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Sturgeon eggs collected in April 2010 from the Wisconsin River at Alliant Energy’s Kilbourn Dam in Wisconsin Dells have done something that hasn’t been done in over 150 years: brought lake sturgeon back to the Baraboo River. Tiny sturgeon smaller than a child’s little finger completed a circle when they were returned to the Baraboo River by the thousands, after being excluded when European settlers dammed the river in the 1830s to run sawmills and grind grain.
In early July 2010, the WDNR brought 6,100 lake sturgeon fingerlings, or baby sturgeon, to the banks of the Baraboo River and released them into its waters. The fingerlings started their lives in the Wisconsin River as eggs, were gathered from there with the assistance of Alliant Energy employees, and then were transported to a fish hatchery west of Richland Center, Wisconsin, for a two-month stay. They later became the first lake sturgeon released in the wild from the WDNR’s newly-revamped Wild Rose State Fish Hatchery.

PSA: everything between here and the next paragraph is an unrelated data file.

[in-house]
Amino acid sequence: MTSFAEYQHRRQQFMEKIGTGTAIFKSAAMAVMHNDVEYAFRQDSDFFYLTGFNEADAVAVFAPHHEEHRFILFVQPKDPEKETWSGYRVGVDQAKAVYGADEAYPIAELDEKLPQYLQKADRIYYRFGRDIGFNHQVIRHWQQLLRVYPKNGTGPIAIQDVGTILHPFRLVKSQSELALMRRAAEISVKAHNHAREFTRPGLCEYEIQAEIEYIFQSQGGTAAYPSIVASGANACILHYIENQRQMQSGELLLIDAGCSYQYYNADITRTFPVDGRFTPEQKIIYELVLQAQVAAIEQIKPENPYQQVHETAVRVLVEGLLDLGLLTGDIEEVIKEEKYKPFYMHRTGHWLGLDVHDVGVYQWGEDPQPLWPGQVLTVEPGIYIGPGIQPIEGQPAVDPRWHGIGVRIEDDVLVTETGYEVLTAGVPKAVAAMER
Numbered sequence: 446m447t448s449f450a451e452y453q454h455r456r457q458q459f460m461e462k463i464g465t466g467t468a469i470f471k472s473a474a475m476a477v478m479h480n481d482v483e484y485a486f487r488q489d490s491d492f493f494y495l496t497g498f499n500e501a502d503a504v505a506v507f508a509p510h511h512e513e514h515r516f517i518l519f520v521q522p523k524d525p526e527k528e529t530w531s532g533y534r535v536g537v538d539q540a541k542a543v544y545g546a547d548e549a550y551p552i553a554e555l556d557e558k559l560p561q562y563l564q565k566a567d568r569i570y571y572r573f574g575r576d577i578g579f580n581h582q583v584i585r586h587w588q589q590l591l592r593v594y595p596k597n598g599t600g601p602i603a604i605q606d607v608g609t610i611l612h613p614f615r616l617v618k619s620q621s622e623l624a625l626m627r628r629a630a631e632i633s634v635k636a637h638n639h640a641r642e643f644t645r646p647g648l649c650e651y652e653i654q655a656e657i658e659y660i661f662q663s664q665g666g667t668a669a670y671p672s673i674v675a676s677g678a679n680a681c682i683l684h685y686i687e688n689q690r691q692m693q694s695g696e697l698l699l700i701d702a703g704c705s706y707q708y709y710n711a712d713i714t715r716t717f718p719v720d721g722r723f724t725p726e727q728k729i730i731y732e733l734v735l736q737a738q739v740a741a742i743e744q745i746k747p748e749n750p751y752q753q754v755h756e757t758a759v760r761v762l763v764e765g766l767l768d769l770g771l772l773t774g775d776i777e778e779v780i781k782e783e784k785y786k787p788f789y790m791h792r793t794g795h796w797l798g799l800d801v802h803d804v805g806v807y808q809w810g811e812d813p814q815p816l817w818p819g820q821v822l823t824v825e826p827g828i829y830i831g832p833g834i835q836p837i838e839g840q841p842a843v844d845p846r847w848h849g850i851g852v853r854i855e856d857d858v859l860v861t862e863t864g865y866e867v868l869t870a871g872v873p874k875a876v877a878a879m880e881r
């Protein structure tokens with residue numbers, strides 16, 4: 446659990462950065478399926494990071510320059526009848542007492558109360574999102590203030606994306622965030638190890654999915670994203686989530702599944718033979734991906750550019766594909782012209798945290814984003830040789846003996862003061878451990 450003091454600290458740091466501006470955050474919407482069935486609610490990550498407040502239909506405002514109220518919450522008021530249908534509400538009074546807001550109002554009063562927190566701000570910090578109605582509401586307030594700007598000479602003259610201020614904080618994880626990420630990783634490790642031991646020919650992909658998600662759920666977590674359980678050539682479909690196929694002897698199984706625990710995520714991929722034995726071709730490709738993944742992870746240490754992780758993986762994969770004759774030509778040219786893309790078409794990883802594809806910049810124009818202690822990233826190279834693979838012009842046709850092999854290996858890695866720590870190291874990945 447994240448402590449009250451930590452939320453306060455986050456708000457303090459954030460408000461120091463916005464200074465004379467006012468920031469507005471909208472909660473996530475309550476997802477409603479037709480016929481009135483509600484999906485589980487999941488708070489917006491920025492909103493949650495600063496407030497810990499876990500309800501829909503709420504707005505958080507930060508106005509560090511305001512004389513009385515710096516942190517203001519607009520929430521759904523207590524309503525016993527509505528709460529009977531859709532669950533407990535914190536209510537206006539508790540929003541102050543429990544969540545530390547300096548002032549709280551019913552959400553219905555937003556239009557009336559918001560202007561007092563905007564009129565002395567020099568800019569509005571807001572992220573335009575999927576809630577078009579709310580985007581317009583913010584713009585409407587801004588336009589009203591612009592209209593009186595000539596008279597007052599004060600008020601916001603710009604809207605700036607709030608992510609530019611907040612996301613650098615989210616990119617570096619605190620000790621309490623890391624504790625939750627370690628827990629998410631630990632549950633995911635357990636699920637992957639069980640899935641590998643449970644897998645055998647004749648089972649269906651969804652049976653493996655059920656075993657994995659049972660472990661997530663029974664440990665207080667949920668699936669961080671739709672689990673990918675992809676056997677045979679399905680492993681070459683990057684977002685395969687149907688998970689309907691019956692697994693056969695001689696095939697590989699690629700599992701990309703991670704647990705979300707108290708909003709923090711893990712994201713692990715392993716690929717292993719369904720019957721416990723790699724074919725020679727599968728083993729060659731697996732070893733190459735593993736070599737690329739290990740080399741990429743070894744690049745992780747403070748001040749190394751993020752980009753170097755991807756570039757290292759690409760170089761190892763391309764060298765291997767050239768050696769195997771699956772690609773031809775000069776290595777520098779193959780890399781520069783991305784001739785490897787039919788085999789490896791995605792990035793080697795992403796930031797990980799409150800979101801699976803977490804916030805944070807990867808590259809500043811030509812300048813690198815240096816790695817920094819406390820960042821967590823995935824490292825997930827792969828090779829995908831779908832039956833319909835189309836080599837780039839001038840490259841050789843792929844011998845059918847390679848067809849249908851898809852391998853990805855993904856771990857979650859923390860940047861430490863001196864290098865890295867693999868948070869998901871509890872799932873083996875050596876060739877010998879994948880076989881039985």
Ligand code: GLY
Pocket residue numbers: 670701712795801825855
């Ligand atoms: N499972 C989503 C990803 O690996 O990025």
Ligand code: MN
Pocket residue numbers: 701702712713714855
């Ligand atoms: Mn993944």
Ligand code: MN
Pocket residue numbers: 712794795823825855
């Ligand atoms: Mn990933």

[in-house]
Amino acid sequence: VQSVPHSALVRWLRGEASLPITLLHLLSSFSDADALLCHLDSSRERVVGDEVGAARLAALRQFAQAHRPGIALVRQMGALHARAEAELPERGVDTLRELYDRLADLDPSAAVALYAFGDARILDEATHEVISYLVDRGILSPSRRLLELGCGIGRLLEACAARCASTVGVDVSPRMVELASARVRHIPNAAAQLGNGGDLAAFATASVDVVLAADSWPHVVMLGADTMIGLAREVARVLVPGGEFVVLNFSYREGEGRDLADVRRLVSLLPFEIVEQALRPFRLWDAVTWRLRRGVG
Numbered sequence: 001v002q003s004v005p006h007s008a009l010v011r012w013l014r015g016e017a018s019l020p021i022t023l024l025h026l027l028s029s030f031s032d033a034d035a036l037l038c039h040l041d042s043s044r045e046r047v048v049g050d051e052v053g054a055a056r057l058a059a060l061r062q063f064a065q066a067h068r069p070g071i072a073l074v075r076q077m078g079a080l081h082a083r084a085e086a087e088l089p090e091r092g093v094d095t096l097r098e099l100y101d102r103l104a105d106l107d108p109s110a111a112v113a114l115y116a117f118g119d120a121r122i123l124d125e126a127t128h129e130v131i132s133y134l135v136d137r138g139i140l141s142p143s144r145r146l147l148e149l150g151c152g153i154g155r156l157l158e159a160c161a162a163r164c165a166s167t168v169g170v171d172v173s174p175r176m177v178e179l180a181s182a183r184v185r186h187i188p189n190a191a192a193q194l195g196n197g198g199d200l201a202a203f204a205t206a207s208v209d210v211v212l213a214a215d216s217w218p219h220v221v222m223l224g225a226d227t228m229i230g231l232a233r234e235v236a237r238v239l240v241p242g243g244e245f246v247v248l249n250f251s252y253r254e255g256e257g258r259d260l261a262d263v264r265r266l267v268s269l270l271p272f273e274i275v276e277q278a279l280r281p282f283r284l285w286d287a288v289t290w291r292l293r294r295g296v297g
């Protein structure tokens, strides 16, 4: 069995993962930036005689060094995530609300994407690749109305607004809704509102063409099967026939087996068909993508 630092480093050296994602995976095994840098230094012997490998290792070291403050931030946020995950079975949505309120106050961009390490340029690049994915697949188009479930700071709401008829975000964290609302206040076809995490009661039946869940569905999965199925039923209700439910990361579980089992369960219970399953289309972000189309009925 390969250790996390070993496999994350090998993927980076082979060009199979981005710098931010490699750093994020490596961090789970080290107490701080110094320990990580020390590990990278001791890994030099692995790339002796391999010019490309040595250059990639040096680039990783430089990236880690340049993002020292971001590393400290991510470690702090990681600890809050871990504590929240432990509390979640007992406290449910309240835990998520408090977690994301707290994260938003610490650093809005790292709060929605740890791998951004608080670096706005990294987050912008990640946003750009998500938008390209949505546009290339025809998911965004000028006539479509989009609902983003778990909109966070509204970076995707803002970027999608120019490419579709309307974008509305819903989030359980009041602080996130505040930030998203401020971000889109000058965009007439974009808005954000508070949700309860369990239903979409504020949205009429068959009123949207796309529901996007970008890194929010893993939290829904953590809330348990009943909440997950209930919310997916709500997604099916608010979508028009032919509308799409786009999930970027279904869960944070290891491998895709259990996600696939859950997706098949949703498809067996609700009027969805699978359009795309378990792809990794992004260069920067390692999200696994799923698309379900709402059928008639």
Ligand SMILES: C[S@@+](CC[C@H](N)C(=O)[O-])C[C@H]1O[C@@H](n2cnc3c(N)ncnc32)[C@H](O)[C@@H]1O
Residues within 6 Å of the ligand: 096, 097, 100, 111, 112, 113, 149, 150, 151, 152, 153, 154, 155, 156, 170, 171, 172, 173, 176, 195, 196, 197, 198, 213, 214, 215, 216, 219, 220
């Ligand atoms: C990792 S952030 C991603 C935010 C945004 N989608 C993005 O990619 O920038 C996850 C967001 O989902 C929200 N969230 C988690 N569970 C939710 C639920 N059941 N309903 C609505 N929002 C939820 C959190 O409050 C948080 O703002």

Lake sturgeon are ancient fish that usually are three to five feet in length, reach up to 80 pounds and spawn only every four to six years. Alliant Energy’s involvement in the state’s lake sturgeon restoration effort began in 1997 when the WDNR started collecting thousands of sturgeons’ eggs below the Kilbourn Dam.
Every year, when the river’s water temperature reaches the ideal spawning temperature of about 55 degrees — typically sometime between mid-April and early May — Kilbourn Dam employees help position large 900-gallon water tanks on the dam platform and assist the WDNR’s multi-day, egg-gathering effort.
Typically about 250,000 eggs are collected each spring to help increase the survival rate of the lake sturgeon. The restoration effort continued its annual pattern in May 2011 with Alliant Energy’s cooperation and support.
Watch a WDNR video on the egg collection process.